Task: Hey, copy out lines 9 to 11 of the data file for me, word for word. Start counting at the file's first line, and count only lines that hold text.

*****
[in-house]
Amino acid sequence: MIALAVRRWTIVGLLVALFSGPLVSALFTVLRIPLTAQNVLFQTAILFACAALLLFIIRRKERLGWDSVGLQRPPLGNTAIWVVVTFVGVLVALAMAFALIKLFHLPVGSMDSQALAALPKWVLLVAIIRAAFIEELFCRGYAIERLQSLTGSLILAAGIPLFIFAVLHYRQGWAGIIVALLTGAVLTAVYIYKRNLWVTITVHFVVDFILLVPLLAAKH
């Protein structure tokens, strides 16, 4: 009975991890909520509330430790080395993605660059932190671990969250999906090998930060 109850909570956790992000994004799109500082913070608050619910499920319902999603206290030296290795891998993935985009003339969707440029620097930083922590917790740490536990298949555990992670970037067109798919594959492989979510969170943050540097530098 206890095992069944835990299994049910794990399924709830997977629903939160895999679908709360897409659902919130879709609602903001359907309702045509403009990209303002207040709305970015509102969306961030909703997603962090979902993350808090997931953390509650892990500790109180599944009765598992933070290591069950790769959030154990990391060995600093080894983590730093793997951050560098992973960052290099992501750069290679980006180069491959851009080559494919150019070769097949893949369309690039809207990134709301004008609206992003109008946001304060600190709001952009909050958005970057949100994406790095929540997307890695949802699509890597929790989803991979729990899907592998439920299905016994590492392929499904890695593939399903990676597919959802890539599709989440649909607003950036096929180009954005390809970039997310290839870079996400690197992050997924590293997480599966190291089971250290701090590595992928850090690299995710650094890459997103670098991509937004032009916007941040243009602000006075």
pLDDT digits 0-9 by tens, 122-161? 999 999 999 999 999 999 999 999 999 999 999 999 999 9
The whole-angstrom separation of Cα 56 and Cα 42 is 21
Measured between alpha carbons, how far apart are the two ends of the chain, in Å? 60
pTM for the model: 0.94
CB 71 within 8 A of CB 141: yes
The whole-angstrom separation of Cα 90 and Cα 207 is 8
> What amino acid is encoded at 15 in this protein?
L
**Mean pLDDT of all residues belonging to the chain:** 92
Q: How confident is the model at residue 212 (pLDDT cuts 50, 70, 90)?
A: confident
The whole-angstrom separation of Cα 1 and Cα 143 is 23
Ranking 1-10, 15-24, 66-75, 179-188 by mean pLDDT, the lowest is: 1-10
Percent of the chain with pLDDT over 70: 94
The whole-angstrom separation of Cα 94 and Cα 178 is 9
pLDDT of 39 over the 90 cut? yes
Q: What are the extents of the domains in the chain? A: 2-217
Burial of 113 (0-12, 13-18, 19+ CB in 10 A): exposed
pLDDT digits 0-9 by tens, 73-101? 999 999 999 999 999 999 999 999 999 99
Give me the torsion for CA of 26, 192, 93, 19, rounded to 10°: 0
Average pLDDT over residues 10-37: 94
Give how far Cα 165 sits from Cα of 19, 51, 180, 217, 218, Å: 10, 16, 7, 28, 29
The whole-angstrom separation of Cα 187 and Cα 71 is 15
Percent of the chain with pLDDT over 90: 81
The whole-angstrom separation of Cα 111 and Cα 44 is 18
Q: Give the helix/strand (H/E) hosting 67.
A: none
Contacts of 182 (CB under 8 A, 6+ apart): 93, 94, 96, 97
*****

The whole-angstrom separation of Cα 90 and Cα 207 is 8
> What amino acid is encoded at 15 in this protein?
L